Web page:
In addition to some of the nicest pictures we have seen of the BlackBerry Bold 9800 slider to date, we’ve got a lengthy review of the upcoming BlackBerry OS 6.0 on video. Your Chinese is probably about as rusty as mine, but everything seems pretty self-explanatory, and we probably don’t have to worry about this one getting taken down due to a DMCA notice.
The source confirms, yet again, that there is no SurePress, and the pictures show it’s got a T-Mobile SIM card in there, which is a slight hint at carrier availability beyond AT&T. Previous info suggests that the BlackBerry Bold 9800 will have 4 GB of on-board storage, 512 MB of RAM, have an HVGA display on par with existing BlackBerrys, and include Wi-Fi 802.11n. With that all said, let’s break down the video.
At 1:58, we can see the home screen lampshade can be pushed right down to the bottom, as well as pulled up to the top. We get a good luck at the SMS app (2:07 onwards), which seems to include options for sending pictures and assigning groups. Multitouch selecting works just fine, as on the Storm (2:48). We get a look at the Contacts app (3:12) and how long-press works for launching into actions. At 3:33, we see the Today page again, which will offer quick, at-a-glance information from messages, calendar items and the call log. At 3:58, there’s a peek at the calendar, with complete landscape support and quick shortcuts to day, week, and month views. The phone app gets a go-over at 4:24, which is more or less the same. The caller ID thumbnails in the contacts tab is a nice touch. They skip over BlackBerry Maps, which makes me think it’s not working just yet – I’m under the impression RIM’s going to try to make a respectable app that isn’t as instantaneously trumped by Google Maps for Mobile as it is now.
The Options menu is examined at 5:23, and it mostly looks like the layout has been made a bit more “user friendly”. I can’t help but be reminded of the way Windows XP reorganized the way Control Panel looked by default, and how hard it was to find what I was used to until figuring out how to revert back to the old UI.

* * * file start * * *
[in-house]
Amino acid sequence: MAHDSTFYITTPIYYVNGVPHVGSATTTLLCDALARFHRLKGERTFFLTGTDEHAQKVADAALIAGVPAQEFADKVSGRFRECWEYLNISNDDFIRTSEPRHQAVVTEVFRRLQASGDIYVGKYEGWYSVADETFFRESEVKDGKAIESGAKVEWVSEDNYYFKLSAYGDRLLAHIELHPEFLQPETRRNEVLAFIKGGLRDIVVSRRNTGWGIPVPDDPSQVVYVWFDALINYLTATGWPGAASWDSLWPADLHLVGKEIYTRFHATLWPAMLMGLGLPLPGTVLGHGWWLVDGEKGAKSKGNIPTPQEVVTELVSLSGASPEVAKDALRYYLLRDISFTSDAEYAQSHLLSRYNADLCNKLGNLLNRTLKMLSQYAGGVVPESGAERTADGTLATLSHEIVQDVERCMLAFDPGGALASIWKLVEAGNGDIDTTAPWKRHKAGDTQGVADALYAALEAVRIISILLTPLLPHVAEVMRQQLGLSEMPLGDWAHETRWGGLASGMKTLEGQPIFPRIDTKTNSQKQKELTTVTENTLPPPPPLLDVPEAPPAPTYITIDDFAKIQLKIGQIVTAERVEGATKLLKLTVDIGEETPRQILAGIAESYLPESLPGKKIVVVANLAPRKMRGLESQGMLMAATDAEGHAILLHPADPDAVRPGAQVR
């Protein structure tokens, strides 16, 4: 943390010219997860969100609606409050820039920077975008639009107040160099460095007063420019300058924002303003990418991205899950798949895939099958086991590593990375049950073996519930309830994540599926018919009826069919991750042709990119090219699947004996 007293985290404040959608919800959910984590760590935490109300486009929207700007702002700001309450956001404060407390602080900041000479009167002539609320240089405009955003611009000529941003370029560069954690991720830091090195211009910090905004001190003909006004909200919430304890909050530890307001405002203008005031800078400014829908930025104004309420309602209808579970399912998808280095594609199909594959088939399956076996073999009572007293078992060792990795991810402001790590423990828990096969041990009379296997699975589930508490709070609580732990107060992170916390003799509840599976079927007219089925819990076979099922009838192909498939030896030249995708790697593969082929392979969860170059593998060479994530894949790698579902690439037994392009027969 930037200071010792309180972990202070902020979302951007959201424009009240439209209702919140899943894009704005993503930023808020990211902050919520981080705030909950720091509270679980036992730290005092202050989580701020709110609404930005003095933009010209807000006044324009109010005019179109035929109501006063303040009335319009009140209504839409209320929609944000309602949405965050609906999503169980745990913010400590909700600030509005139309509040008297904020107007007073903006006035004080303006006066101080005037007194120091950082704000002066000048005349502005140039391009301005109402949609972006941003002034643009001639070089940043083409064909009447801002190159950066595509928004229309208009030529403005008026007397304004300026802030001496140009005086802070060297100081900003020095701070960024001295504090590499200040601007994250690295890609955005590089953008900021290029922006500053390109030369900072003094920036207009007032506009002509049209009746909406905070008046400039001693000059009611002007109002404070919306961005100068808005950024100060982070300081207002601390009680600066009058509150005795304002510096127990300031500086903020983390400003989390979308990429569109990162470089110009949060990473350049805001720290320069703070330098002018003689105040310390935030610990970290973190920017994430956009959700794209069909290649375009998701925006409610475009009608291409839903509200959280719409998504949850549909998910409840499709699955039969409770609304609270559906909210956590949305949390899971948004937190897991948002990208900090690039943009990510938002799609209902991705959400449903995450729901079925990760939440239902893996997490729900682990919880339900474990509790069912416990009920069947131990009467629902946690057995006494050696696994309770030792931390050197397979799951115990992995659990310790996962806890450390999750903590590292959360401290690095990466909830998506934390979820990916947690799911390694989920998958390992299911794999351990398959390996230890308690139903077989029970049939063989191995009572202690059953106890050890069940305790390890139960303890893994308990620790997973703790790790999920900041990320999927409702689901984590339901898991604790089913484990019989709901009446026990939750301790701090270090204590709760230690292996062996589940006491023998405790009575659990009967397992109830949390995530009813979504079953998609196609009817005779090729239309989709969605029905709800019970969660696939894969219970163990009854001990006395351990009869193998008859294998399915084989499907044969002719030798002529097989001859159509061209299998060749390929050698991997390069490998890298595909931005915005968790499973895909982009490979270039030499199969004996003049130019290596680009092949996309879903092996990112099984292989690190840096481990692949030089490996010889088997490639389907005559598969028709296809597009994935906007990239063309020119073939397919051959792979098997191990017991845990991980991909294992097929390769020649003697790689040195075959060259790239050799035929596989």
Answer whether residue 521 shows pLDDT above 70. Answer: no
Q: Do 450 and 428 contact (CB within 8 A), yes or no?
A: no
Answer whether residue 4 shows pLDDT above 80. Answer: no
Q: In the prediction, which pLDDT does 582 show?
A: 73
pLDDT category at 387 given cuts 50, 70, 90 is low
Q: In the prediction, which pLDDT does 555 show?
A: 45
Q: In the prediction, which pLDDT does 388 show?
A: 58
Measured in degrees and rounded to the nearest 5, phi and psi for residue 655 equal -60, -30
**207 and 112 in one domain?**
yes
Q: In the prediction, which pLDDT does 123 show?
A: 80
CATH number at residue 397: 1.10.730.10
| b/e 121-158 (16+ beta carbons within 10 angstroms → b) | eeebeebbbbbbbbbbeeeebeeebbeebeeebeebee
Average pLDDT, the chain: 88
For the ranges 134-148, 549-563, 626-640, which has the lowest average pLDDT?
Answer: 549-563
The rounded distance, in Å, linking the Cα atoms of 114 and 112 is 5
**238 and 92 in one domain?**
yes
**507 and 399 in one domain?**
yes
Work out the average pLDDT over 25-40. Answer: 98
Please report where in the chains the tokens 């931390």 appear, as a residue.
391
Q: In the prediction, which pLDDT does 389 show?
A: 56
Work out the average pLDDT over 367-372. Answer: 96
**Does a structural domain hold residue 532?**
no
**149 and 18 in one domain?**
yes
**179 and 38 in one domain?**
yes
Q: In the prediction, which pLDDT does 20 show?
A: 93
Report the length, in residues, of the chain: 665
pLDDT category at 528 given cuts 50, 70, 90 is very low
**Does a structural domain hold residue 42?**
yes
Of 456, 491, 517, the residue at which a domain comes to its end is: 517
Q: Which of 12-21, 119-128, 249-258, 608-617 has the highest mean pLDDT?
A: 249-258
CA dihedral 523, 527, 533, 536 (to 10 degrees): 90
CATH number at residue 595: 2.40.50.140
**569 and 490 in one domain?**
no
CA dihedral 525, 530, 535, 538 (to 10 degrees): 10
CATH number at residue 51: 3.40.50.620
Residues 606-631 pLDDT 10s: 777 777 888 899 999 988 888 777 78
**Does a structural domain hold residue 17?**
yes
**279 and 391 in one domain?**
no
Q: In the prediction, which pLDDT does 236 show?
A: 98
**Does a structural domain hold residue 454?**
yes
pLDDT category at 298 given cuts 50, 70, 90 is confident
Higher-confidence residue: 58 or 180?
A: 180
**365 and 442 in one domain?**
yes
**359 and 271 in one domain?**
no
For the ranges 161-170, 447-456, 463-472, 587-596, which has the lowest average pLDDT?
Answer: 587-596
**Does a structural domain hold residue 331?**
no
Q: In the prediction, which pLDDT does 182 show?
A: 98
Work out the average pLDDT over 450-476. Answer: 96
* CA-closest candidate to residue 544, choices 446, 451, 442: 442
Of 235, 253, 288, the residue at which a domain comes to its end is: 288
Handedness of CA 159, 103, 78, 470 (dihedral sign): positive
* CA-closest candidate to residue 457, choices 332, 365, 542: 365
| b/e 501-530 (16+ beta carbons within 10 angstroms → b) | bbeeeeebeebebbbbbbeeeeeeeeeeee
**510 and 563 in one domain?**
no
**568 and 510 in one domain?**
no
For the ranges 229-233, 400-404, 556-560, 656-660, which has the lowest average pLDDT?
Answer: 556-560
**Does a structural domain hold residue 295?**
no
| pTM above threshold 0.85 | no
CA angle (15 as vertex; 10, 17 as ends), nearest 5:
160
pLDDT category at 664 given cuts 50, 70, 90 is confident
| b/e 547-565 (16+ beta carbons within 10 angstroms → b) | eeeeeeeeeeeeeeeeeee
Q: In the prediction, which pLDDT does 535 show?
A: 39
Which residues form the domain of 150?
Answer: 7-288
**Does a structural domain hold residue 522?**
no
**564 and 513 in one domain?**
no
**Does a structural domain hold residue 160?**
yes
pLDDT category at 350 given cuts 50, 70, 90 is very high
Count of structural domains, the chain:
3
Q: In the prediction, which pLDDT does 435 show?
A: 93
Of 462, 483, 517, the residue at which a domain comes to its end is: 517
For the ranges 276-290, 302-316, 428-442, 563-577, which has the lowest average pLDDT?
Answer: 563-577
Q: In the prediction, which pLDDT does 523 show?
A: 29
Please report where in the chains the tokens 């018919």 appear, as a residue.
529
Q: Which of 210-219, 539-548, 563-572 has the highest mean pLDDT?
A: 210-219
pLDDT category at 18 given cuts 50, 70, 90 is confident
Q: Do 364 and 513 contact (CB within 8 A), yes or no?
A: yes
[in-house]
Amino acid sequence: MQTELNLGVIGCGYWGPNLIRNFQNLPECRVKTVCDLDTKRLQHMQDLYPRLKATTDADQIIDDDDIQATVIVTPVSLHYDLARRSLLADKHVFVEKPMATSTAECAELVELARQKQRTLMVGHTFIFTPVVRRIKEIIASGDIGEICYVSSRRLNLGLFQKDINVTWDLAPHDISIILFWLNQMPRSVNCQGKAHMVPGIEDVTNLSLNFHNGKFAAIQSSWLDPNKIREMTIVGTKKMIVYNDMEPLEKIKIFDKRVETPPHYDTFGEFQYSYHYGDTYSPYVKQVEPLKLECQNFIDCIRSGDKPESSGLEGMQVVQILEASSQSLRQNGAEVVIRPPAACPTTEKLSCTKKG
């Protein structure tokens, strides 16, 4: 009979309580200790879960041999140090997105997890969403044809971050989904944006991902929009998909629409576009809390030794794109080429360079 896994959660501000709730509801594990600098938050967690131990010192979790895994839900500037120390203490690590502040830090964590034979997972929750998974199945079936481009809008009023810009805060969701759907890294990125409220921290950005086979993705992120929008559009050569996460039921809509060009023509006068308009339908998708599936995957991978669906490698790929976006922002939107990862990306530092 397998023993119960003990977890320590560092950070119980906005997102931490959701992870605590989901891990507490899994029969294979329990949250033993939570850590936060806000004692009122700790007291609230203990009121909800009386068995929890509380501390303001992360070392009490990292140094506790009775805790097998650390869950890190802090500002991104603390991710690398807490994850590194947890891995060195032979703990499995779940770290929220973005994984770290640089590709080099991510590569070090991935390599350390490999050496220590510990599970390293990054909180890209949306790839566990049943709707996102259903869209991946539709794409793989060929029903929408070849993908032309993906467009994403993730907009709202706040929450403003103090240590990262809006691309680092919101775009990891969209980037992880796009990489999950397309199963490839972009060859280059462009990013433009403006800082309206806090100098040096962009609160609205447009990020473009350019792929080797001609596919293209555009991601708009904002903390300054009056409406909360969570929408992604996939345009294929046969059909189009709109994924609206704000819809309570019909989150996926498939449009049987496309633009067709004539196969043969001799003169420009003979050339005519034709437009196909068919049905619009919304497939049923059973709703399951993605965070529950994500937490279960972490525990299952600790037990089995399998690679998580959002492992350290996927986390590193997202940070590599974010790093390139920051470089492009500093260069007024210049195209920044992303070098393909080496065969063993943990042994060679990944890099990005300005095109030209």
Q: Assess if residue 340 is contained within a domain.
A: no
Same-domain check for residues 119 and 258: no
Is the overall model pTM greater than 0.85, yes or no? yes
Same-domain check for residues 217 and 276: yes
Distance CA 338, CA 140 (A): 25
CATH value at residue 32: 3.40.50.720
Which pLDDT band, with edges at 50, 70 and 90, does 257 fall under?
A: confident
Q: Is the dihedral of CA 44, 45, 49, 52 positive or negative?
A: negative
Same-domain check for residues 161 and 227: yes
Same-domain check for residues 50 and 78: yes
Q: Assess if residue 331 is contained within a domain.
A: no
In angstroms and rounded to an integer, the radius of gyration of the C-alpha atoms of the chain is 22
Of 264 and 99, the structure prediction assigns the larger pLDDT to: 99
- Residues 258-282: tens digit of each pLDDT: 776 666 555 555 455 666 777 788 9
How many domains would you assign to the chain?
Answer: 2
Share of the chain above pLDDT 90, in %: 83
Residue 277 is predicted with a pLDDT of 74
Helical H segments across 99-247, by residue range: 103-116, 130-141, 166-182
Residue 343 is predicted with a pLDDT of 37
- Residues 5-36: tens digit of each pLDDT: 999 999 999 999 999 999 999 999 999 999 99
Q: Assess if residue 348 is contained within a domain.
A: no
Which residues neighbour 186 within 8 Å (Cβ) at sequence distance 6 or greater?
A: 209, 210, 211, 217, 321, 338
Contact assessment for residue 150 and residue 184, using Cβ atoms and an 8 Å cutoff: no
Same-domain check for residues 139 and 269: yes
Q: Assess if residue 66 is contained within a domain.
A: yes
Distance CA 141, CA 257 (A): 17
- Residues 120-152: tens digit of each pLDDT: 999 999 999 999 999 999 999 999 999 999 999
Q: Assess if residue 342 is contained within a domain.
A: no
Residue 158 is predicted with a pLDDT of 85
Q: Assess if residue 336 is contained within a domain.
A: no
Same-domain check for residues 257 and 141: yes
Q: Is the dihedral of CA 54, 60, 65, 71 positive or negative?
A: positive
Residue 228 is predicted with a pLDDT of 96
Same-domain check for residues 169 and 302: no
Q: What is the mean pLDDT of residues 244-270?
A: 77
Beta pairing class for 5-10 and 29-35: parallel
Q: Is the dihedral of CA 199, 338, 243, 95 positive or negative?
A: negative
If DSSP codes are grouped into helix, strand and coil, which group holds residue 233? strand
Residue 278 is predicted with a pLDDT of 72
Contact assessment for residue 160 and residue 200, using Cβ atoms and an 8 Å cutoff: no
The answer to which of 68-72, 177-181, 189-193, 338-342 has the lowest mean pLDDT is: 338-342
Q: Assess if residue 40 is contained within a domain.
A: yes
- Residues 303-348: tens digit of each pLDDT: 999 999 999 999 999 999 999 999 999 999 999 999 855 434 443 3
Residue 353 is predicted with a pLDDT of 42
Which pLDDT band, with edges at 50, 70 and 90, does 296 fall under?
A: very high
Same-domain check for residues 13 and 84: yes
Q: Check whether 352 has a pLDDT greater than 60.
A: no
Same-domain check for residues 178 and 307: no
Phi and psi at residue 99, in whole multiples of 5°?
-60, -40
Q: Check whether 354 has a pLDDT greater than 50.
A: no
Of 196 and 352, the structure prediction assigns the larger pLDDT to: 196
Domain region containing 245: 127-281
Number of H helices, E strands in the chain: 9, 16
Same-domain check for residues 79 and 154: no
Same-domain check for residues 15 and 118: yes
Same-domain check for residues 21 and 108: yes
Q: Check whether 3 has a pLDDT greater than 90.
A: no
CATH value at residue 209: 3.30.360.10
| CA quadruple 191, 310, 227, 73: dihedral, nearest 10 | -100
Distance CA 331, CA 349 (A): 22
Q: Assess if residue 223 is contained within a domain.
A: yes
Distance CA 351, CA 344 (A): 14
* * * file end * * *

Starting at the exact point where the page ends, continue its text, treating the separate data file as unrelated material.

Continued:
At 5:43, we get something brand spanking new – Launch by Typing. With OS 6, you can set the physical keyboard to launch apps, which is awesome, and a long time coming. Traditionally, the keyboard was reserved for dialling shortcuts, but honestly, who makes calls anymore? Not me, that’s for sure.
The music app gets a go-ever at 6:25, which doesn’t show much of anything new other than nicer icons for individual items – even track numbers are bigger. They show us the Coverflo-style track skipping, which notifies you how many tracks you’re skipping ahead. The menu option here includes the ability to send tracks to TwitterBerry. That’s bizarre, since TwitterBerry was a third-party twitter client that has since been renamed to OpenBeak. Sure enough, it pops up again at 9:06, and it’s the old TwitterBerry app, running on OS 6.0. That’s good news for app developers worried about forwards compatibility.
At 8:19 we start looking at video app. There’s something distinctively meta about watching the initial BlackBerry OS 6 promo video on the slider. Nothing especially new there. Pictures are examined at 9:39, along with some suggestively-posed female soccer players. We see multitouch working hunky dory to zoom in. At 10:18, we get a listen at some of the new ringtones, if you’re concerned about that kind of thing. I was never especially impressed with the native preloaded ones, but some of these new ones sound good.
Around 10:38 we finally get a good look at the Podcasts app. Last I had heard, you could only load up certain predesignated ones, but the demonstrator clearly has his pick of the litter. It looks like there’s a progress bar before you launch into an individual episode, showing you where you are when you last left off. The individual programs also have coloured circles next to them, presumably to show if they have new episodes queued to download, fresh downloads finished, episodes left to listen to, or if everything has been listened to.
Further in, the calculator, memopad, files, voice dialing, password keeper, and tasks get a brief glimpse, but not much has changed there. At 13:51, they get into a round of Brickbreaker, which looks like it got a bit of a visual upgrade. At 14:25, there’s a cryptic looking app called Auto-Answer, with the only option being a checkbox to enable or disable. The Toolkit at 14:34 is new, and looks like it’ll be the place to go to set up various services: Bluetooth, Wi-Fi, e-mail, BBM, instant messaging, social networking, as well as handle personalization, like fonts, wallpapers, ringtones, date, and language. A tool unfamiliar to me is SIM Contacts Sync, which sounds awesome – right now, you have to copy contacts one by one to your SIM card, it’ll be nice to have that finally automated. The Toolbox also has a bunch of help files, including tutorials and a glossary for the new users.
At 15:15, we get a good look at the Feeds app. The only tabs showing up are Social Feeds (for Twitter, Facebook, and the like), and RSS Feeds, both with their own respective drop-down filter option.
Hooah. There’s a lot going on there. It would have been nice to see more of the Webkit browser, but it looks like they didn’t have data service, which is probably a safe bet if they don’t want RIM nuking the device. If you’re looking for more information on BlackBerry OS 6.0, I’ve run down other video clips here and here.